by Neil Fissler
GRAEME CRAWFORD is modest about his record that did more than almost anything else to help York City win promotion from Division Three.
Crawford kept 11 consecutive clean sheets, to beat a record which had stood for nearly 50 years, as York claimed third place behind Oldham Athletic and Bristol Rovers.
The club had avoided relegation on each of the previous two seasons only on goal average, but that was about to change.
Crawford would play a major part equalling the record for clean sheets set in 1926 by Millwall’s Joe Lansdale, who played in ten games and Fred Fox the other.
He was unbeaten in 1,039 minutes for a Football League best that stood for five years until Reading’s Steve Death went unbeaten in 1,103 minutes.
It helped York to gain promotion to Division Two for the first time, but Crawford says he had some luck along the way.
“It was unbelievable. I got the record supposedly, but it was very much a team effort,” he insisted.
“Two or three times the ball would go past me, but Phil Burrows would turn up on the line. Phil would knock it away. But we had a lot of luck as well because we had two or three penalties in that time, but fortunately I went the right way and saved them.
“It was one of those things. We were on a bit of a roll and confidence was high, but the lads in front of me were very much part of that as well.
“Chris Topping, John Stone and Phil Burrows were always getting me out of trouble and they still are to this day.
“I remember the goal that beat me was a header from Jack Howarth, who had scored against us at Aldershot. Then, he did the same at Bootham Crescent.”
After winning the opening game against Charlton Athletic 4-2, York failed to win any of their next three games.
But, by mid-November, they had hit their stride and found themselves in the promotion places. They stayed there against the odds.
York sealed promotion with a 1-1 draw against champions Oldham at Bootham Crescent, Chris Jones scoring one of his 17 goals that campaign.
They were to finish third on goal average, however, after dropping a point in their penultimate game at Halifax.
“Tom Johnston brought in one or two players and the team just went from strength to strength, though at the start of that season when we were promoted we had a bit of a nightmare,” said Crawford.
“We won only one of our first few games, but then we went on a right run and confidence was obviously high.
“Even if we went a goal down, we knew we would come back. And we thought we were never ever going to get beaten. We had a team with no stars and everyone played for everyone else.
“The first season we went up into the Second Division we were doing really well – and then in the second season, too.
“If we had strengthened the team in a couple of places, we would have stayed up, but unfortunately Tom (Johnston) and us went downhill from then.”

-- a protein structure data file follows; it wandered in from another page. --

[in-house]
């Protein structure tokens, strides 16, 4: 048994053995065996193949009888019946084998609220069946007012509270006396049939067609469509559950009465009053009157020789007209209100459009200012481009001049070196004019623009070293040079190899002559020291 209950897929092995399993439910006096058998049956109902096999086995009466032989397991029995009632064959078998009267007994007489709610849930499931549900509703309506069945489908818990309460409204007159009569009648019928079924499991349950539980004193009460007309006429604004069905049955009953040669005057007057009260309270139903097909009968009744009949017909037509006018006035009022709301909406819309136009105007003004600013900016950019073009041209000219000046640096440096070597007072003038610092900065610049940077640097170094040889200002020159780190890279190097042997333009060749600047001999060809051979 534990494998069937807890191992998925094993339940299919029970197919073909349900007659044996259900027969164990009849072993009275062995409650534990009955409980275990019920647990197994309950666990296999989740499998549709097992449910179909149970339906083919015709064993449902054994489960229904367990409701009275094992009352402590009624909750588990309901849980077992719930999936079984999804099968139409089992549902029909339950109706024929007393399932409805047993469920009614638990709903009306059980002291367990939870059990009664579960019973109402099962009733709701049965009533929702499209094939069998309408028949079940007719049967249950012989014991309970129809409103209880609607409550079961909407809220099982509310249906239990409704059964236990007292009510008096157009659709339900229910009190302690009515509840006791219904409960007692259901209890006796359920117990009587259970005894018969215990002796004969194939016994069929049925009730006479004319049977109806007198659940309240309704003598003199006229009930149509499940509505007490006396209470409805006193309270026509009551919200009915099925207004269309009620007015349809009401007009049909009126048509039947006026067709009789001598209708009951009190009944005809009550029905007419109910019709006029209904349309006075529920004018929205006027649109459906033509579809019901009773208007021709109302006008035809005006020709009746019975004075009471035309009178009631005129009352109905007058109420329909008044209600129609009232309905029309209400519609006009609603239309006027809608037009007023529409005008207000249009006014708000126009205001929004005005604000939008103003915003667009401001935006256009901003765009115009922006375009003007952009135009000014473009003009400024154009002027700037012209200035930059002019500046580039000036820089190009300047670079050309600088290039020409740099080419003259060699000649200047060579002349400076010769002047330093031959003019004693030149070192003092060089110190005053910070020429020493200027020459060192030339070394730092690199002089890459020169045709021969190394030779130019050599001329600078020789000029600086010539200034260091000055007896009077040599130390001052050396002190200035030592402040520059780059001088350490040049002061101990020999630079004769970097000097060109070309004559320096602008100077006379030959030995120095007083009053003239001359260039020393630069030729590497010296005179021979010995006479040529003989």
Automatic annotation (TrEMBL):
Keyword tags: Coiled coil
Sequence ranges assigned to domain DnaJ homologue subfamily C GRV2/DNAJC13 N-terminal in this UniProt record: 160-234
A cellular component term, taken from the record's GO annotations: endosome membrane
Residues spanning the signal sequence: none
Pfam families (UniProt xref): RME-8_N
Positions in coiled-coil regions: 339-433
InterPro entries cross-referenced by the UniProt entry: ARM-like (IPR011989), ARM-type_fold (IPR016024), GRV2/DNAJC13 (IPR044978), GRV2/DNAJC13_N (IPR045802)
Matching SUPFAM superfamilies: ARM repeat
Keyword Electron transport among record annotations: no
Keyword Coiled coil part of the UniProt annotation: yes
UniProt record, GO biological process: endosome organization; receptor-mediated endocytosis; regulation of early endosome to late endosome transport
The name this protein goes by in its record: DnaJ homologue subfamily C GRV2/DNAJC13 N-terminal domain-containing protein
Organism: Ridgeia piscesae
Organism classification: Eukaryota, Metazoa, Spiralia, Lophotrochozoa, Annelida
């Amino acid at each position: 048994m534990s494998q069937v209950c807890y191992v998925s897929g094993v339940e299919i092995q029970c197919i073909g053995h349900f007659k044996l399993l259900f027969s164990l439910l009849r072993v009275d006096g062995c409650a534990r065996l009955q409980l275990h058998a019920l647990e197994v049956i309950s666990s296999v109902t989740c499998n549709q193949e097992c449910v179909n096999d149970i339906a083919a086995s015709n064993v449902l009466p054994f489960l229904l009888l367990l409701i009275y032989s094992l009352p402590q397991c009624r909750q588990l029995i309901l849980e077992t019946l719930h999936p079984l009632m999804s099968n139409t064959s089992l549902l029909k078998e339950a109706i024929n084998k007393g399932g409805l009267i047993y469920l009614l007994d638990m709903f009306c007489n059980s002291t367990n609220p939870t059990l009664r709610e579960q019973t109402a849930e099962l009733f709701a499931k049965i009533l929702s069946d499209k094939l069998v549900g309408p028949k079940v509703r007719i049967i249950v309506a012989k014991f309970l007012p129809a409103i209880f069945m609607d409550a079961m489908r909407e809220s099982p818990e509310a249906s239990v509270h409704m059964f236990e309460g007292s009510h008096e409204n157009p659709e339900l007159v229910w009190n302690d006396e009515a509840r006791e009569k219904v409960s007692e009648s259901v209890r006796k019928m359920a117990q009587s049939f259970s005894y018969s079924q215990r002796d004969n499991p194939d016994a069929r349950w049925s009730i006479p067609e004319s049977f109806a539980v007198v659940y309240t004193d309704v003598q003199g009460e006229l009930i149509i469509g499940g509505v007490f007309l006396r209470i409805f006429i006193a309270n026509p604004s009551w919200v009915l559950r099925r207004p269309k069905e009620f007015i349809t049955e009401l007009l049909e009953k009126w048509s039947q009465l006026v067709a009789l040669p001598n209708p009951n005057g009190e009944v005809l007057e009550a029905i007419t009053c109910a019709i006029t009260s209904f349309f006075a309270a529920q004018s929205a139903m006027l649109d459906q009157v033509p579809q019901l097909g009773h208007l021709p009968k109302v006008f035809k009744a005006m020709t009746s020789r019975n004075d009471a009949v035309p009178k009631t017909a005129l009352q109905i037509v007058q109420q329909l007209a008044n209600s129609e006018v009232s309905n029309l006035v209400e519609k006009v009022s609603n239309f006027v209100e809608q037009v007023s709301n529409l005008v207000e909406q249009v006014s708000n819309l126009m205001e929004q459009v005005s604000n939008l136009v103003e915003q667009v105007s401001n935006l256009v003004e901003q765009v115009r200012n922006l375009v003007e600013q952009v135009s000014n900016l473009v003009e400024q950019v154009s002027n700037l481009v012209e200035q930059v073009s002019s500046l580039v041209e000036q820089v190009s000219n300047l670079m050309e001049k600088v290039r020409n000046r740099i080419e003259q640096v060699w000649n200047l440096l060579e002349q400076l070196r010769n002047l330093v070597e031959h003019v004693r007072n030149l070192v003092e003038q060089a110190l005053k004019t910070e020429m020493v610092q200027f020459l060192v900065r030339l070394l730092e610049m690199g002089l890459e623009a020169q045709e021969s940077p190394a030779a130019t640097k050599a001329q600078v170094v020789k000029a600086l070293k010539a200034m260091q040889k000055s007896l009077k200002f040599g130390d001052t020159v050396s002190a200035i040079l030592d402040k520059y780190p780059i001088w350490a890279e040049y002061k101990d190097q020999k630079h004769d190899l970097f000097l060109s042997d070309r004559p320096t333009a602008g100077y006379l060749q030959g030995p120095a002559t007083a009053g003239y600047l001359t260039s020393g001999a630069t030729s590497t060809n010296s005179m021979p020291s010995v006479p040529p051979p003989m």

- Brian Pollard: An England youth international winger who ran a pub in Sherburn, Scarborough, and then worked in despatch for Ward Strictures.
- John Woodward: A midfielder who settled in the York area and has coached at various local schools.
- Jimmy Seal: A striker who settled in the York area, where he worked as a milkman but has run his own painting and decorating firm for more than 25 years.
- Ian Holmes: A midfielder who worked in the insurance industry and is now a mortgage broker from his base in Huddersfield.
- Colin Meldrum: After three spells as Workington manager and another at Stafford Rangers, he was a sports development officer in Blackpool, where he lives in retirement.
- John Stone: A right-back who opened a sports shop in Grimsby and then owned a milkshake and fruit drink shop, Shake Shack, with his wife.
- John Peachey: A striker who also coached at Emley and was a Community Support Officer with Barnsley Council until his retirement in March last year.
- Graeme Crawford: The goalkeeper spent 19 years as director of Leeds-based Avista Promotions before starting his own promotions company, from which he is now retired.
- Chris Topping: A defender who has managed a mushroom farm and worked as a postman in Selby and coached at Cliffe Primary School.
- Barry Shallow: A defender who had two spells as caretaker manager and became a club director. He also ran a hotel and pub in the city.
- Ron Spence: A former York wing-half who worked as a trainer and then physiotherapist who also coached the juniors. He died in Doncaster in April 1996, aged 69.
- Dennis Wann: A winger who is now retired on his native Fylde Coast after owning a couple of newsagent shops in the Lytham St Annes area.
- Phil Burrows: A defender whose father and grandfather were both footballers. He now lives in the Stockport area and worked as a chartered surveyor in the building industry.
- Cliff Calvert: A defender who finished his career in the United States but settled in Toronto. He ran a furniture store and then became a fireman.
- Tom Johnston: He managed Rotherham and York, together with three spells at Huddersfield Town, and lived in Nottingham. He died in November 1994, aged 76.
- Chris Jones: A striker who became a school teacher delivering RE and PE. He has also run a guest house and is a pundit with BBC Radio York.
- Ian Butler: A winger who ran a guest house in Bridlington, before becoming a prison officer at Full Sutton. Now retired in Driffield. His son, Martin, also played for York.